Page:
DULUTH — Five people were found dead inside a Duluth home on Wednesday after a mental health crisis turned into a tragedy, authorities said.
Duluth Police Chief Mike Tusken said police got a request to check on someone in nearby Hermantown. That led them to the Duluth home, where authorities found the bodies in the early afternoon.
Tusken called it an “unimaginable tragedy” at a news conference Wednesday evening. Police said the five individuals were all related to one another. Their names were being withheld until the next of kin could be notified.
The incident began to unfold earlier Wednesday when the Hermantown Police Department responded to a welfare call about 11:18 am but could not contact the individual in question. Authorities in Hermantown, immediately northwest of Duluth, contacted Duluth police with information that led to a check of a home in the 700 block of E. 12th Street, in the city’s East Hillside neighborhood.
Based on a tip that a person there had access to weapons, Duluth police called in officers from the Superior Police Department and the St. Louis County’s Sheriff’s Office.
“Due to the intelligence discovered, numerous law enforcement and public safety agencies responded to the scene,” according to a Duluth Police Department news release. “The home that agencies responded to was known to the subject.”
Authorities conducted what Duluth police called a “methodical search of the premise.” Officers were able to eventually enter the home, where they found five bodies as well as a dead dog. Duluth police said they continue to investigate what happened.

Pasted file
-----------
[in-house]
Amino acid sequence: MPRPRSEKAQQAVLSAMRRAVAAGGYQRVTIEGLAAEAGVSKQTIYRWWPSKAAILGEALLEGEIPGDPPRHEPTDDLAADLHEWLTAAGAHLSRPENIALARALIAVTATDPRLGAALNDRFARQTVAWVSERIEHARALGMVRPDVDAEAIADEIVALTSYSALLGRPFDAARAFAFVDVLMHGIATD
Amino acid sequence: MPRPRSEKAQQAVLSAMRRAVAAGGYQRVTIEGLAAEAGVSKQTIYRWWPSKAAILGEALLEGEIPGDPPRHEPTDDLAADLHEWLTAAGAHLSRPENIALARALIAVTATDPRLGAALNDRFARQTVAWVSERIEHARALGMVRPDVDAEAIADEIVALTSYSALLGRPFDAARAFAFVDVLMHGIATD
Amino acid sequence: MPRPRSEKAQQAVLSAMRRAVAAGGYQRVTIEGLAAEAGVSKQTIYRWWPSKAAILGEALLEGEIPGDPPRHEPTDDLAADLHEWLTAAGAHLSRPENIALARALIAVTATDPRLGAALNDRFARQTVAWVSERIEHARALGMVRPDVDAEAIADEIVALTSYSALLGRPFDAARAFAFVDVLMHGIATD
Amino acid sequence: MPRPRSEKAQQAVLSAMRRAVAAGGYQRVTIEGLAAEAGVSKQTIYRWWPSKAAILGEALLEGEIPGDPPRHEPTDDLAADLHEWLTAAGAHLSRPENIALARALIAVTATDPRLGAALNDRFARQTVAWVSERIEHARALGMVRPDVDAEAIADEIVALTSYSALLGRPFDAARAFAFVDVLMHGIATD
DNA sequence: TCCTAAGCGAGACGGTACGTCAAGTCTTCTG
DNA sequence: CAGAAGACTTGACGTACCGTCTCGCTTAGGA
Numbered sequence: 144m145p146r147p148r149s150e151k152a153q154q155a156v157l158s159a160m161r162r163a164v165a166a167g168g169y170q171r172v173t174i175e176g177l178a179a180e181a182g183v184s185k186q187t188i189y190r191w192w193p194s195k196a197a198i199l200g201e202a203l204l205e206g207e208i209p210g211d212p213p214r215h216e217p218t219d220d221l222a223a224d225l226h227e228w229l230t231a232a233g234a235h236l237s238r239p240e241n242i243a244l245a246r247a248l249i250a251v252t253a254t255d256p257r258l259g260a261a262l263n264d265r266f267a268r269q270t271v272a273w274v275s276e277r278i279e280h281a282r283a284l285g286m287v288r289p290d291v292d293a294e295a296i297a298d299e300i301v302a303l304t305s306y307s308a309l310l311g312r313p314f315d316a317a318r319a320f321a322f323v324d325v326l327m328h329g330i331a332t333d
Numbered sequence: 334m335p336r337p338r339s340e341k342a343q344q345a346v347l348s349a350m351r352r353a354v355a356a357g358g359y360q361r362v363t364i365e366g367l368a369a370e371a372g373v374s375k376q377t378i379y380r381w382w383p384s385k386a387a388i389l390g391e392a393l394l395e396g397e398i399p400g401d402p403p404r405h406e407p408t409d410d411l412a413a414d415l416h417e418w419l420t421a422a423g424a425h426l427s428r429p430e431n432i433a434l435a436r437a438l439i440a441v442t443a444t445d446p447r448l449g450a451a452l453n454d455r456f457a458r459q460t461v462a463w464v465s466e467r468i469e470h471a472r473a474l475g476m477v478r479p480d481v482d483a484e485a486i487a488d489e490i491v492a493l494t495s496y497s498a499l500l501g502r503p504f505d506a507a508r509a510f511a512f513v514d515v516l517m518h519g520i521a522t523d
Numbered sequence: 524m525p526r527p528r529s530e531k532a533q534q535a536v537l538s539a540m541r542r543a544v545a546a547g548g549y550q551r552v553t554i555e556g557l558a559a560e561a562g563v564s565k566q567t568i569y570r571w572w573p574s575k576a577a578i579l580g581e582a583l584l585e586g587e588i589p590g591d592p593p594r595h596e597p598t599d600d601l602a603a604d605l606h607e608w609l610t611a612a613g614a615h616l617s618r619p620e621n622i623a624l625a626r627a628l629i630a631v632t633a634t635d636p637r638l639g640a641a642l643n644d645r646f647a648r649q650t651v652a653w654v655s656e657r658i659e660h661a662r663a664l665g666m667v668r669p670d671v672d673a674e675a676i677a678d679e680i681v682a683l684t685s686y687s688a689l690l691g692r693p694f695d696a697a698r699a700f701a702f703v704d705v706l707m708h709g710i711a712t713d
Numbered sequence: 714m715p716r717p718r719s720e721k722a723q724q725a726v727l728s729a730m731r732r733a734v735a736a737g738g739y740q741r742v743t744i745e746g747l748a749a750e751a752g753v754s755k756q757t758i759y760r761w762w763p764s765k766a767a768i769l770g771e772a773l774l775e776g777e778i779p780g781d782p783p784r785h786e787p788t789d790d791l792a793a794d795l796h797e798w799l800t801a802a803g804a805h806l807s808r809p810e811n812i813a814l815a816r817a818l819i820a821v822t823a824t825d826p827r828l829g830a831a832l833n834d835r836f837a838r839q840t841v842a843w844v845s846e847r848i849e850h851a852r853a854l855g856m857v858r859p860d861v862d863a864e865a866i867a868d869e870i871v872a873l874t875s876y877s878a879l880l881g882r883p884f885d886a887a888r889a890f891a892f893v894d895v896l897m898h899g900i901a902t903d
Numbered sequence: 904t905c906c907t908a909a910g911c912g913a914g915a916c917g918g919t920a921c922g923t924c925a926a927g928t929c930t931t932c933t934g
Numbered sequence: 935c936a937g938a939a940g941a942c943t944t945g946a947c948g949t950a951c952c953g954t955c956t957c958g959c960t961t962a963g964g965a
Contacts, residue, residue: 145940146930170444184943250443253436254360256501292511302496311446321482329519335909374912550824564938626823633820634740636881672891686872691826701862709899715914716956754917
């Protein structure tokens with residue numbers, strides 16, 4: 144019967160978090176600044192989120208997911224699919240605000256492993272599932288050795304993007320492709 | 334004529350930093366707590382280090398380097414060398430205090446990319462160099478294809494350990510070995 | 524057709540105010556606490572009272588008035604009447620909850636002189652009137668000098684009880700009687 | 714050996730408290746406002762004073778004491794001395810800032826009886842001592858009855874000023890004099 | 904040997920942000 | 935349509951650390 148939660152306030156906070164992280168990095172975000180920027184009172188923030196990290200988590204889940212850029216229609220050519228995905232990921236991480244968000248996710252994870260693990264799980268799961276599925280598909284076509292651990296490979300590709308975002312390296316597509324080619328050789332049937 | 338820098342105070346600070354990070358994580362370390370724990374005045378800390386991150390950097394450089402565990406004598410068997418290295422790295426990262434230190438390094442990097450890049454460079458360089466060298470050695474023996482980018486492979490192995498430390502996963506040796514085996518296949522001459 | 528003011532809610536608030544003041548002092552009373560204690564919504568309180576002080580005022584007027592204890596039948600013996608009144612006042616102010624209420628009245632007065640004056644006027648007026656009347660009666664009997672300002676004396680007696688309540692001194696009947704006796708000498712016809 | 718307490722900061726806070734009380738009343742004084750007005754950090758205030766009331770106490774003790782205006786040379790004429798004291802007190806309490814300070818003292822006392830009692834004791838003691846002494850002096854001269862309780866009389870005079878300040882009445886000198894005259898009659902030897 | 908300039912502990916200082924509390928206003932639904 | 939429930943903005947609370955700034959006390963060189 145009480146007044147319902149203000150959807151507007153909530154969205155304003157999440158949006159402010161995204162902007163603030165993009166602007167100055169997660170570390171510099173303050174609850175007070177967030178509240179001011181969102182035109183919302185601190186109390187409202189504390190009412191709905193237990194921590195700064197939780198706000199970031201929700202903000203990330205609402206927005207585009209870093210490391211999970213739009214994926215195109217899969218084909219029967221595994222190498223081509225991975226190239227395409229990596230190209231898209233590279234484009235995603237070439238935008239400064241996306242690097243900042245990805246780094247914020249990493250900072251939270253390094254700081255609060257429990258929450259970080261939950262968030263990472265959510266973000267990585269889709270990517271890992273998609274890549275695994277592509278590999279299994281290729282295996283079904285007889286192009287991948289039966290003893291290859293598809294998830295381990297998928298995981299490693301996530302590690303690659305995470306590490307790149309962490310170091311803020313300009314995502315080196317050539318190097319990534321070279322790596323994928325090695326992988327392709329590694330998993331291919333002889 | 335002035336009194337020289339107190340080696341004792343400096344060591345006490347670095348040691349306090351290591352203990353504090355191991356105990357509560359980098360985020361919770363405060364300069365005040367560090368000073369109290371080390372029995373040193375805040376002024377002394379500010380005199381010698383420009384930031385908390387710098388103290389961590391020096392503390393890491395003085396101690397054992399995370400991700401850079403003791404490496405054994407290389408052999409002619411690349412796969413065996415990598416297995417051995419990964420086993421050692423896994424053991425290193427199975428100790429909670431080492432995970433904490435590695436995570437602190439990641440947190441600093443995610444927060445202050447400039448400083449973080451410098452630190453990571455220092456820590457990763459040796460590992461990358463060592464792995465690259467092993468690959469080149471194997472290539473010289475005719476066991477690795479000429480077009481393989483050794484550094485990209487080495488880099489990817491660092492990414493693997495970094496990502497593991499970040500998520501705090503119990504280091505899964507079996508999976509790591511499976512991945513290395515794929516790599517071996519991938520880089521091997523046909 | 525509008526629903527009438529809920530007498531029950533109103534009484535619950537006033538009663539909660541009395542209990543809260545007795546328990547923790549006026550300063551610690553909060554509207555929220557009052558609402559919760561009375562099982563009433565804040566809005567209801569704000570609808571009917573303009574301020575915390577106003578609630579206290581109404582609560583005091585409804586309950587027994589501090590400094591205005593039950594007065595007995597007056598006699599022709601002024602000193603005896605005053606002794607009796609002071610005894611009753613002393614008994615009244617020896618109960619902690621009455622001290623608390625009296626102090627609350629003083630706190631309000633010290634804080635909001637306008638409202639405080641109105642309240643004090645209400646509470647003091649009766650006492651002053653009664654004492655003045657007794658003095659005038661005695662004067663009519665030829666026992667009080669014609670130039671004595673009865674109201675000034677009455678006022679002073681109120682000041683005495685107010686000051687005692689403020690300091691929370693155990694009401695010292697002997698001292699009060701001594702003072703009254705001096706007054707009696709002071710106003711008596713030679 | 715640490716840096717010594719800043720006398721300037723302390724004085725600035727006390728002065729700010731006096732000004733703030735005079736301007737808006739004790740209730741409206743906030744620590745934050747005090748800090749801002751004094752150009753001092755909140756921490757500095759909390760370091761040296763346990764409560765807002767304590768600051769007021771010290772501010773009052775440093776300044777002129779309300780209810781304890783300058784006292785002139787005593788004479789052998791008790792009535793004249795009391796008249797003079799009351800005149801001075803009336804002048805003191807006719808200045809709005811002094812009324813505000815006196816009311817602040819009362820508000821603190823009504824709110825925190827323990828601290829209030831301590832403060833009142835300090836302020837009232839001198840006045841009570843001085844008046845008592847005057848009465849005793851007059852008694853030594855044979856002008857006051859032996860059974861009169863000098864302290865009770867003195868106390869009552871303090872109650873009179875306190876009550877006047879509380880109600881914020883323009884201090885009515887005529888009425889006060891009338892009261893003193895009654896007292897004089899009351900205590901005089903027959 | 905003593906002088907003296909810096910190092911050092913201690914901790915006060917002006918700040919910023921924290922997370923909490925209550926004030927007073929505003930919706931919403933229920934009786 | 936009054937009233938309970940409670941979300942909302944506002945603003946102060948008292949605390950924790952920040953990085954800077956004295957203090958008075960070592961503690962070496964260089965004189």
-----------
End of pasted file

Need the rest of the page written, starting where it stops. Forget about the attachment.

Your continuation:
The home is in a close-knit neighborhood where many residents have lived for decades. One of the girls in the family had sold Girl Scout cookies to many of the neighbors, and the family was well-liked.
“They were really nice people — very friendly,” said Jodi Eaton, who lives across the street. The mother “did a lot of arts and crafts with the children; she was always taking them places. Very hands-on, very easy to talk to. It’s heartbreaking.”
The father worked an oilfield job in Alaska, Eaton said, and the mother was a social worker but mostly cared for her children.
Police remained on the scene Wednesday evening, a crime scene van parked in front of a green house with white shutters and a purple front door. Technicians carrying large cases of equipment went in and out.
Two doors down, Rick Adamski described the residents, a family of four, as “nice people.”
Adamski said he and a handful of neighbors have lived on this block, near Myers-Wilkins Elementary School, for decades. His daughter moved across the street a few years ago.
“I just can’t believe it,” Adamski said. The house has a tidy, well-built Little Free Library in the front yard with sleds, wagons and a bike sitting nearby.
“Tonight we are a community in pain and shock, sharing a sorrow for the loss of our people,” Duluth Mayor Emily Larson tweeted Wednesday evening. “My heart, like yours, absolutely hurts for the pain of loved ones and the fear people likely experienced on their final day here with us.”
George is Digismak’s reported cum editor with 13 years of experience in Journalism